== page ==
Kawerau has opened a new driver and operator training centre for the Eastern Bay of Plenty, which aims to address the driver and other logistics skills shortages experienced in the area.
Toi EDA chair David Turner cut the ribbon, and the Reverend Graham Te Rire announced the name of the new facility, Te Ara Huringa ō Pupuwharau at the recent official opening.
“Toi EDA and local industry have long realised that workforce availability and transportation are key constraints to Eastern Bay economic growth,” said Turner.
“So we’ve got stuck in alongside industry and training providers to create a facility in Kawerau to serve wider Eastern Bay of Plenty people keen to upskill or work as drivers, machine operators and logistics personnel.”
Turner said Toi EDA had been working closely with central government to make the new centre a reality and was delighted with the support of the Ministry of Business, Innovation and Employment, through both Te Ara Mahi and He Poutama Rangatahi funds.
“This has also been an incredible collaborative effort and I’d really like to thank the work of the team at Toi EDA, in particular Barbara MacLennan and John Galbraith who have both worked incredibly hard to reach this milestone.
“Through the training, new cadetships, and mentoring programmes, we are helping enable workforce development.”
– David Turner
“I’d also like to acknowledge our training partners and Kawerau’s Pathway to Work partners. It really has been a team effort,” said Turner.
Toi EDA’s workforce development manager, Barbara MacLennan has been a key driver towards the opening of the facility.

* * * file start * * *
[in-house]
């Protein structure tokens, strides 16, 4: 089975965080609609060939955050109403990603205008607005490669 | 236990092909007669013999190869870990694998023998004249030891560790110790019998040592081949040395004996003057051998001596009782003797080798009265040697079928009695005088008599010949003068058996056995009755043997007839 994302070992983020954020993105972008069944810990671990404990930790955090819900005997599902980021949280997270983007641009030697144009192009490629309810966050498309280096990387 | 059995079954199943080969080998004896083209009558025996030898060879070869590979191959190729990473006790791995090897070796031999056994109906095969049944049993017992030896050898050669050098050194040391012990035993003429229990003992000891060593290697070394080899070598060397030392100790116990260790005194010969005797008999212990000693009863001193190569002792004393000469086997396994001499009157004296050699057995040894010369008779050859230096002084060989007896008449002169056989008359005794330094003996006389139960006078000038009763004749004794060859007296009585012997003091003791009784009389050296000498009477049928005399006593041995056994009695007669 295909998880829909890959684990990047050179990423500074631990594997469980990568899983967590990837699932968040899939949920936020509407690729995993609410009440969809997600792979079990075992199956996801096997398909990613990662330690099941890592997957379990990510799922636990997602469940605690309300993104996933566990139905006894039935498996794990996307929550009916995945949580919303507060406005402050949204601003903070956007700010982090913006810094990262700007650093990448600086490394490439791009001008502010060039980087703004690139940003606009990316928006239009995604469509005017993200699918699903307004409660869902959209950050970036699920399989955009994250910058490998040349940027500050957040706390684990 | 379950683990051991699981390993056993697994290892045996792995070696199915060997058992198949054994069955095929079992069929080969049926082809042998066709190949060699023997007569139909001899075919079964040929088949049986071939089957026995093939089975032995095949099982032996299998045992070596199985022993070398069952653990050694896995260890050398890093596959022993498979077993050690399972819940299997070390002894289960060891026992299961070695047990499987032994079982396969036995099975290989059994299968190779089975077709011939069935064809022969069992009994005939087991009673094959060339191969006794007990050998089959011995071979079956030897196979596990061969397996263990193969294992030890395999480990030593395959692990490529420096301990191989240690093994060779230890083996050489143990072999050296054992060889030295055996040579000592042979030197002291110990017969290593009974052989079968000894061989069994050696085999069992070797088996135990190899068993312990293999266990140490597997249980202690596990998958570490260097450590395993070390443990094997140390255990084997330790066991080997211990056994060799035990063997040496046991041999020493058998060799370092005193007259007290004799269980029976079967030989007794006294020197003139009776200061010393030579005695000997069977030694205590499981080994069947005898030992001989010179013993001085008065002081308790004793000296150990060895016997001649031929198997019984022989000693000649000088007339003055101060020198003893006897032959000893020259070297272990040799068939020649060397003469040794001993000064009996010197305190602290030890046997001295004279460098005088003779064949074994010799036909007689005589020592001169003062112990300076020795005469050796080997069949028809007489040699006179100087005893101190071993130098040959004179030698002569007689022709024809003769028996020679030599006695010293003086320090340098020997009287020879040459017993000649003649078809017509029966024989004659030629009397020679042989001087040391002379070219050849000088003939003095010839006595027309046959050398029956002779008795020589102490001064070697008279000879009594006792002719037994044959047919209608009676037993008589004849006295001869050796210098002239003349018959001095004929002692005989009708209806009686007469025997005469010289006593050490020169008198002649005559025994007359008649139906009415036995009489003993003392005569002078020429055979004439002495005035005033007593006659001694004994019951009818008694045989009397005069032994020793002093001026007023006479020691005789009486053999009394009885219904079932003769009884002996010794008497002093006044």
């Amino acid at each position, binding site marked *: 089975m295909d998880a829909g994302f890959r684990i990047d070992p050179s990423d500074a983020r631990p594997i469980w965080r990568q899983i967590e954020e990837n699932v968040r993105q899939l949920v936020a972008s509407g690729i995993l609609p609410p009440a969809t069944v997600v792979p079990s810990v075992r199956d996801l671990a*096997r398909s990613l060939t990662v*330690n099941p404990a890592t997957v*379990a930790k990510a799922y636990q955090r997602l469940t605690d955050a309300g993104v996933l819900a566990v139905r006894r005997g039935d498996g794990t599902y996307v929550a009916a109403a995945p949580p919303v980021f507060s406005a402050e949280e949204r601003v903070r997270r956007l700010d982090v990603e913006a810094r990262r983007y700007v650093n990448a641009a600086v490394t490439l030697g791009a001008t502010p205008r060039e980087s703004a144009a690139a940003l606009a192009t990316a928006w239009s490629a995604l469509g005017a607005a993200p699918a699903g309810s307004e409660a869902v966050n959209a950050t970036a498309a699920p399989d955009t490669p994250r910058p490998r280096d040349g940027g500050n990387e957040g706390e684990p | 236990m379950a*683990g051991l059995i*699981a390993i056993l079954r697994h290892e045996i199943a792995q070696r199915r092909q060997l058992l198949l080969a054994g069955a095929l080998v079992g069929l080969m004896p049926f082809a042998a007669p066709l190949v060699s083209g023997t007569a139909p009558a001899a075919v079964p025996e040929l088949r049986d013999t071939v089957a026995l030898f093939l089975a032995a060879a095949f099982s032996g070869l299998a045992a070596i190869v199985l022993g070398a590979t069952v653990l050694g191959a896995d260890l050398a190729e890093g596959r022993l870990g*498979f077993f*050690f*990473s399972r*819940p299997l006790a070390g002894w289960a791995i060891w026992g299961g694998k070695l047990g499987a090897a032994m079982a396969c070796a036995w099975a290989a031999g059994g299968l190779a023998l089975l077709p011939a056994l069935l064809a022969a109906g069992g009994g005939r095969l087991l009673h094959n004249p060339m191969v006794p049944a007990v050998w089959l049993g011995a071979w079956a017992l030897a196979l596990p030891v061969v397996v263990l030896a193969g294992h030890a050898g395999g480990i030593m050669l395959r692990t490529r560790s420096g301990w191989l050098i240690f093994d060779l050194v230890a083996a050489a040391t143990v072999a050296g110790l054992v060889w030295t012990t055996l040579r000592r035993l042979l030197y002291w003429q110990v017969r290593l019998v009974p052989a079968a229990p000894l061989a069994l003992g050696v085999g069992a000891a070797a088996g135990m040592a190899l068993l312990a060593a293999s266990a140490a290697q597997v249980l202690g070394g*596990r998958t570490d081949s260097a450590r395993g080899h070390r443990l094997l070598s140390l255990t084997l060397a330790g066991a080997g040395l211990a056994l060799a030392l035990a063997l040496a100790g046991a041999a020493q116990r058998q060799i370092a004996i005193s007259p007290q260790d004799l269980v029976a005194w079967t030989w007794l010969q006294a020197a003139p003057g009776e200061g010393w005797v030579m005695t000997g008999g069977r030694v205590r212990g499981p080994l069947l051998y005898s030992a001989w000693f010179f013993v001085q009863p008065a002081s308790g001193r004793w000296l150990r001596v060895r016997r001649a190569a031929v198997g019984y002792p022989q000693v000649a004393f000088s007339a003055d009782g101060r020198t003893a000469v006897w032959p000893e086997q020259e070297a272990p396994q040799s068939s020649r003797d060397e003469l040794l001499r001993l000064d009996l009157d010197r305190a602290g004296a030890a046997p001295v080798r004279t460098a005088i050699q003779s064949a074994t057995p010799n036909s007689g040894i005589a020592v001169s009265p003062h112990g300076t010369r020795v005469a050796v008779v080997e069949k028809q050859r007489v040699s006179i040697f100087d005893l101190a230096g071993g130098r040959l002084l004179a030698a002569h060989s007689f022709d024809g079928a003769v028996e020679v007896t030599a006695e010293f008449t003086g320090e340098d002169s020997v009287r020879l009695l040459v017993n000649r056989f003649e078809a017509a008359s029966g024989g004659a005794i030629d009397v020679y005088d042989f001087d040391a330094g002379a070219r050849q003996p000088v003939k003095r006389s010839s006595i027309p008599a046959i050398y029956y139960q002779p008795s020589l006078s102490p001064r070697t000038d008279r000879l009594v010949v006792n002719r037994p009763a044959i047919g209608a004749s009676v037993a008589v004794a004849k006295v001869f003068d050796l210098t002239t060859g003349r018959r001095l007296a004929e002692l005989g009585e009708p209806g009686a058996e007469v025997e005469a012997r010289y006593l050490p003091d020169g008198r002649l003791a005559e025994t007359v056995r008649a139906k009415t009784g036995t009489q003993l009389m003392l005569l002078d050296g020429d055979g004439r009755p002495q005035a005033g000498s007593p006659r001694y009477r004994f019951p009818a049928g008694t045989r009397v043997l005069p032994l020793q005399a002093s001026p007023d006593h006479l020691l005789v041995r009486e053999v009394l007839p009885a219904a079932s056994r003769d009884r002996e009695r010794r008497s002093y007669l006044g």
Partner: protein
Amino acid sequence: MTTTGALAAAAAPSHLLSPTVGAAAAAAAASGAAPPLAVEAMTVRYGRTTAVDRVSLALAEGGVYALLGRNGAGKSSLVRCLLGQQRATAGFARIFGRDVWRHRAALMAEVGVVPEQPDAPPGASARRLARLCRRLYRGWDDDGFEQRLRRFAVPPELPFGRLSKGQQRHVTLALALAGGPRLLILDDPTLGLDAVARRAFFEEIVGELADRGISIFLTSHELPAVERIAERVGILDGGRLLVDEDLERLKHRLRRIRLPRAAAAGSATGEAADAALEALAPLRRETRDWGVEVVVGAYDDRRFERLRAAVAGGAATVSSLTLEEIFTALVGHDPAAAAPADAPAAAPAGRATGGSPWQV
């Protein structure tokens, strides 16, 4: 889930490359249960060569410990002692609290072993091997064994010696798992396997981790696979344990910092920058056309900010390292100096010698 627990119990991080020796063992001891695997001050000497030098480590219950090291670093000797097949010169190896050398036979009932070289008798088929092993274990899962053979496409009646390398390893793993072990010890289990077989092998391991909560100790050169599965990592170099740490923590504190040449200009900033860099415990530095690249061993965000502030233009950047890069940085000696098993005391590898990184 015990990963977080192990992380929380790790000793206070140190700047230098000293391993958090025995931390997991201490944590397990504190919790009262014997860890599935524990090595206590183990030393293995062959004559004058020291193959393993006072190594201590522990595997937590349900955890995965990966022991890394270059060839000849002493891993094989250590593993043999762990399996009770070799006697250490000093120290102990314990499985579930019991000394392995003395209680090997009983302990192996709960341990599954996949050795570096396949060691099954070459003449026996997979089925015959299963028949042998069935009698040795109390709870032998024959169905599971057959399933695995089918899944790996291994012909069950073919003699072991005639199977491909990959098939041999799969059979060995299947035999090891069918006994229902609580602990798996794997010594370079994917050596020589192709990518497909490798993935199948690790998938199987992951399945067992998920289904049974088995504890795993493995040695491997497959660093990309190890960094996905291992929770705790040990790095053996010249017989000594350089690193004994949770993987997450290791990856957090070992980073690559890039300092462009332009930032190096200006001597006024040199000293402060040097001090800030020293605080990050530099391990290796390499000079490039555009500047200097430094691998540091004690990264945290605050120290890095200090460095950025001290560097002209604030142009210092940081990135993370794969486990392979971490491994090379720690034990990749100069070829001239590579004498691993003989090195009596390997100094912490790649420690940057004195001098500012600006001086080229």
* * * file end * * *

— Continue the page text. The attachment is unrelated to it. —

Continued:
“The facility is right in the heart of Kawerau’s industrial area, where growth is already well underway,” she said.
Partnering with three providers
Toi EDA has partnered with three training providers, Toi Ohomai, Axiom Training and Vertical Horizonz to start with, and together they are co-ordinating a wide range of training at the facility that matches what industry and businesses are looking for.
Programmes commenced in August and included training for drivers, machine operators, confined space, and a range of mobile equipment operators required in construction, agricultural and horticultural contracting work, said MacLennan.
Toi EDA research has been looking into the Eastern Bay’s detailed needs across businesses and industry and provides clear insight into current and future training needs, added Turner.
There was a huge shortage, particularly of drivers and business saw that shortage getting worse in the coming two to five years.
A recent survey by the Bay of Connections Freight and Logistics Group indicated that an additional 300-400 more drivers and mobile plant operators would be needed in the next two to five years.
“This facility is a way to help address that gap,” said Turner.
“Through the training, new cadetships, and mentoring programmes, we are helping enable workforce development. Te Ara Huringao ō Pupuwharau will create new opportunities for Eastern BoP people, and especially rangatahi, to step into current and emerging new roles.”